TO SUM up the opening ceremony of the Olympic Games in one word: kitsch.
To sum up the opening ceremony of the Olympic Games in two words: wonderful kitsch.
HONEST DISCLOSURE: I am an Anglophile.
At the age of 15 I started working for an Oxford-educated lawyer. At the office only English was spoken. So I had to learn it, and immediately fell hopelessly in love with the English language and British culture in general.
Some may wonder at this, since at the same time I joined a terrorist organization whose aim was to fight the British and drive them out of Palestine.
Soon after my 15th birthday I faced the admission panel of the Irgun. I was asked if I hated the British. Facing the beam of a powerful projector, I answered: no. Sensing the consternation on the other side of the blinding light, I added that I wanted to liberate our country, and did not need to hate the British to do that.
Actually, I think that most Irgun fighters felt like that. The nominal Commander in Chief, Vladimir (Ze'ev) Jabotinsky, was an ardent anglophile and once wrote that the Englishman in the colonies was a brutal oppressor, but that the Englishman at home was a decent and likeable fellow. When Great Britain declared war on Nazi Germany, Jabotinsky ordered the immediate cessation of all Irgun actions. The Irgun's military commander, David Raziel, was killed by a Nazi bomb while assisting the British in Iraq.
His successor, Menachem Begin, came to Palestine with the Polish exile army, in which he served as a Polish-English interpreter. In this capacity he was often in contact with the British authorities. He once told me how he brought documents to British officers in the King David hotel, the building which he later -- as Irgun commander - ordered to be bombed. Years later, the Queen graciously received him as Prime Minister of Israel.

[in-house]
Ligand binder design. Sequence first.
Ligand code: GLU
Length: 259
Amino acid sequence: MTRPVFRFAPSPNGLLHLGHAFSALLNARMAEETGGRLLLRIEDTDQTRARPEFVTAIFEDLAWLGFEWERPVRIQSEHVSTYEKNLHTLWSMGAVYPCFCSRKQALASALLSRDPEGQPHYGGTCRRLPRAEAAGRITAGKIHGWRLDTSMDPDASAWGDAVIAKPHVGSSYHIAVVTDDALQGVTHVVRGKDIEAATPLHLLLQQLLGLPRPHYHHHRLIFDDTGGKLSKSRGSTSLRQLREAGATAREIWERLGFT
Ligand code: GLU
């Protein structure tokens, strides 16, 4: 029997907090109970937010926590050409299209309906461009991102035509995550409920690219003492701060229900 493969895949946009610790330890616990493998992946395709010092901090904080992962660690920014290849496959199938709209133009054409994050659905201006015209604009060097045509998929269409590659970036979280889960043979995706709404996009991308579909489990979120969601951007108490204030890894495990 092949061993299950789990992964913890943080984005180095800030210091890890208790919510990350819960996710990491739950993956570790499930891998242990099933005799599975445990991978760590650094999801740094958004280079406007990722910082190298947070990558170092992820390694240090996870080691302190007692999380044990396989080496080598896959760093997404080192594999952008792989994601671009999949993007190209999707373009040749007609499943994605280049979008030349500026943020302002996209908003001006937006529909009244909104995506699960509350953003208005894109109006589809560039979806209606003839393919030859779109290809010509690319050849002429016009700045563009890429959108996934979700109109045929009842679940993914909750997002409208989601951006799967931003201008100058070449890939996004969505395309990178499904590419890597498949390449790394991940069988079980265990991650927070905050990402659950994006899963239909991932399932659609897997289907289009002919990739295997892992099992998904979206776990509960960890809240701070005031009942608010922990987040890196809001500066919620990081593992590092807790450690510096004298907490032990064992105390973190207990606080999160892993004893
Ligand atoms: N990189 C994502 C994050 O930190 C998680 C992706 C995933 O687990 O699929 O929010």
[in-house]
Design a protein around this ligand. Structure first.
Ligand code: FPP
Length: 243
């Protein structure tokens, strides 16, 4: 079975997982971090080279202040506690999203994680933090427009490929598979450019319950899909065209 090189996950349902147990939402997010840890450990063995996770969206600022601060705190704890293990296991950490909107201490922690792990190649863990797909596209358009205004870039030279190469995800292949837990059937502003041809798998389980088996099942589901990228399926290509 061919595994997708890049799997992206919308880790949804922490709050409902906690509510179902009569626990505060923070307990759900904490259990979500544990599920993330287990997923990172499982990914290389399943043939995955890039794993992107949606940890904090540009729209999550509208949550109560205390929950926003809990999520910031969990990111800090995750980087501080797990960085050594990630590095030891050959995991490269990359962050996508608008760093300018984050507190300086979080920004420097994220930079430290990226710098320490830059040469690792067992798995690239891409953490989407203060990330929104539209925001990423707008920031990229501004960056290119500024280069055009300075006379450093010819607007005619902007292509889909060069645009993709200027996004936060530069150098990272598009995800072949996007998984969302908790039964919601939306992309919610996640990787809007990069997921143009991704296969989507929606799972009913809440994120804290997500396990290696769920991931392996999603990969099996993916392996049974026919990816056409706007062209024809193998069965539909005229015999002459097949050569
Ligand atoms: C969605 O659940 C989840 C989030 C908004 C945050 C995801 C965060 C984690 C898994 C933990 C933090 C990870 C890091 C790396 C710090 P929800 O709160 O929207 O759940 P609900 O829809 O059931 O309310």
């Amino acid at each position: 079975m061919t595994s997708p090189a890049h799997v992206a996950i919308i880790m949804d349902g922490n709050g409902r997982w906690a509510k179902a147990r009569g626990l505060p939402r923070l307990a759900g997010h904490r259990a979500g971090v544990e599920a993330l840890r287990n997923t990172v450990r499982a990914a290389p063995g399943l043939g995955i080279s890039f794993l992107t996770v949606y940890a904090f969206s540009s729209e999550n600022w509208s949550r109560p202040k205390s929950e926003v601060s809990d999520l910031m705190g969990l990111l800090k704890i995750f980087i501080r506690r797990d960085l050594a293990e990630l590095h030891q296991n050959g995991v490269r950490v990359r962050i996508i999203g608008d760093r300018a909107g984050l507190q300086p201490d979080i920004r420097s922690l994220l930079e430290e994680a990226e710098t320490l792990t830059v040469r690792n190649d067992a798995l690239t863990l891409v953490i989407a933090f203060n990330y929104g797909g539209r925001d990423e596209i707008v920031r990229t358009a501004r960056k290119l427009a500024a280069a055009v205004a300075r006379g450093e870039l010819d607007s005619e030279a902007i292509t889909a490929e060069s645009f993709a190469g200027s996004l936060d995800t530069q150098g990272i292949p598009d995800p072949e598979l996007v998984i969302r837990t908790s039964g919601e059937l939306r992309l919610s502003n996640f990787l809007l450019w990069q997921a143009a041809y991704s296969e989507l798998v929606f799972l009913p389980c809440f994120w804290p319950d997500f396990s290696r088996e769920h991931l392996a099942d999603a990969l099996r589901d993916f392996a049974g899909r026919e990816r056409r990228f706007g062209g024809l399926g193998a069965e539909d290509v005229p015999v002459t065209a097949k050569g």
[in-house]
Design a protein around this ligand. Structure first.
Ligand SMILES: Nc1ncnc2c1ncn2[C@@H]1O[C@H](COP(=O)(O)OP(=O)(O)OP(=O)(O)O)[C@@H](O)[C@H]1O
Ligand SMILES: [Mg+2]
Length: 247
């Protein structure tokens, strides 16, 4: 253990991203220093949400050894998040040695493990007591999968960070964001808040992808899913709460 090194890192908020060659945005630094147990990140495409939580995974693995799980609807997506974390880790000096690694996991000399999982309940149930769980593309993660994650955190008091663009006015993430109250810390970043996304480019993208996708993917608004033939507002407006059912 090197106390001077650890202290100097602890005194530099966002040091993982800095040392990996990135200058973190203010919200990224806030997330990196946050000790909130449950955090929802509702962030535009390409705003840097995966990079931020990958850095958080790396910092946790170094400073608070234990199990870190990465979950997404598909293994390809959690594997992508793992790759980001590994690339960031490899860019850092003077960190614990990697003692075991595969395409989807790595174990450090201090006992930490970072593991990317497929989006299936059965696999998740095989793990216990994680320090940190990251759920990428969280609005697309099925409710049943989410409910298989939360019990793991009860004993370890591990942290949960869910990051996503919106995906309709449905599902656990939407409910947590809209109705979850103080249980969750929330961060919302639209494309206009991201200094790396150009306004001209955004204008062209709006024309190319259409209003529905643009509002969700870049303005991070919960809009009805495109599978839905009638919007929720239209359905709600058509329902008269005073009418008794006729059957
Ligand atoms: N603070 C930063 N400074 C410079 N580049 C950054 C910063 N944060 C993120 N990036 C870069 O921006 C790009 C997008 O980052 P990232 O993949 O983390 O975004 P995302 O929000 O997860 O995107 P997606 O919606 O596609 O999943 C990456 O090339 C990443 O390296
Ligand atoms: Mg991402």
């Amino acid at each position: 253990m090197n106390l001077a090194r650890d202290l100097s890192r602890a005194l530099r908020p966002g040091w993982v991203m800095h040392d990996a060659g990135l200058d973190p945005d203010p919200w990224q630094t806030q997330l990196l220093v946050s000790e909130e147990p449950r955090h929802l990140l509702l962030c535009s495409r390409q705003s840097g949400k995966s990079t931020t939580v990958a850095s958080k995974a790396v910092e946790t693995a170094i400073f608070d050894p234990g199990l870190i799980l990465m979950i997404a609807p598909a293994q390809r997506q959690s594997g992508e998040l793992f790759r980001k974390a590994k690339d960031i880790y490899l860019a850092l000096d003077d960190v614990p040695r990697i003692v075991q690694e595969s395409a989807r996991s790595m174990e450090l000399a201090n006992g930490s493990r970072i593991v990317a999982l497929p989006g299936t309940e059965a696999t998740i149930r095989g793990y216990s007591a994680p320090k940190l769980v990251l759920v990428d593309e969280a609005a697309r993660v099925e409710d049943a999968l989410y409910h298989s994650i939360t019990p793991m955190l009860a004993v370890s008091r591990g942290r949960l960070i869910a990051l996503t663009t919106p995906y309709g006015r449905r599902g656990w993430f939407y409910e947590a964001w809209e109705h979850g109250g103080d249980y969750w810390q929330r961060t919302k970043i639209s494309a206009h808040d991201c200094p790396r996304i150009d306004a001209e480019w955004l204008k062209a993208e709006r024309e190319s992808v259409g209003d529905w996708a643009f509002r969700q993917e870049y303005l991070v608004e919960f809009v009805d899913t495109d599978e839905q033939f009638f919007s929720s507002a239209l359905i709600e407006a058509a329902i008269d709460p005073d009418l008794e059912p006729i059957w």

Altogether, we had the feeling that we were lucky to be fighting the British, and not, say, a French or American (not to mention Israeli) occupation regime.
AFTER THIS confession, another one: I am not a sports enthusiast. Actually, I have no sense for sport at all.
Even as a child, I was the worst in gymnastics class. A good book always attracted me more than an exciting football game. My father treated sport as "goyim-naches" -- Pleasure for Goyim. (Naches in Yiddish is derived from the Hebrew word Nakhat, pleasure or satisfaction.
BUT BACK to the Olympics. In the summer of their discontent, the British produced something unique: original, exciting, surprising, moving, humorous. I laughed when Her Majesty jumped out of the helicopter, I almost shed a tear when the handicapped children sang "God Save The Queen."
But let us go beyond the pomp and circumstance. Do the Olympic games have a deeper significance? I think they do.
Konrad Lorenz, the Austrian professor who researched the behavior of animals as a basis for understanding human behavior, asserted that sports are a substitute for war.
Nature has equipped humans with aggressive instincts. They were an instrument for survival. When resources on earth were scarce, humans, like other animals, had to fight off intruders in order to stay alive.
This aggressiveness is so deeply imbedded in our biological heritage that it is quite useless to try to eliminate it. Instead, Lorenz thought, we must find harmless outlets for it. Sport is one answer.
And indeed, looking at the various manifestations of this human pastime, one cannot but notice the similarities with war. National flags are carried around by victory-crazy crowds. The defeated feel and behave like armies after a lost battle.
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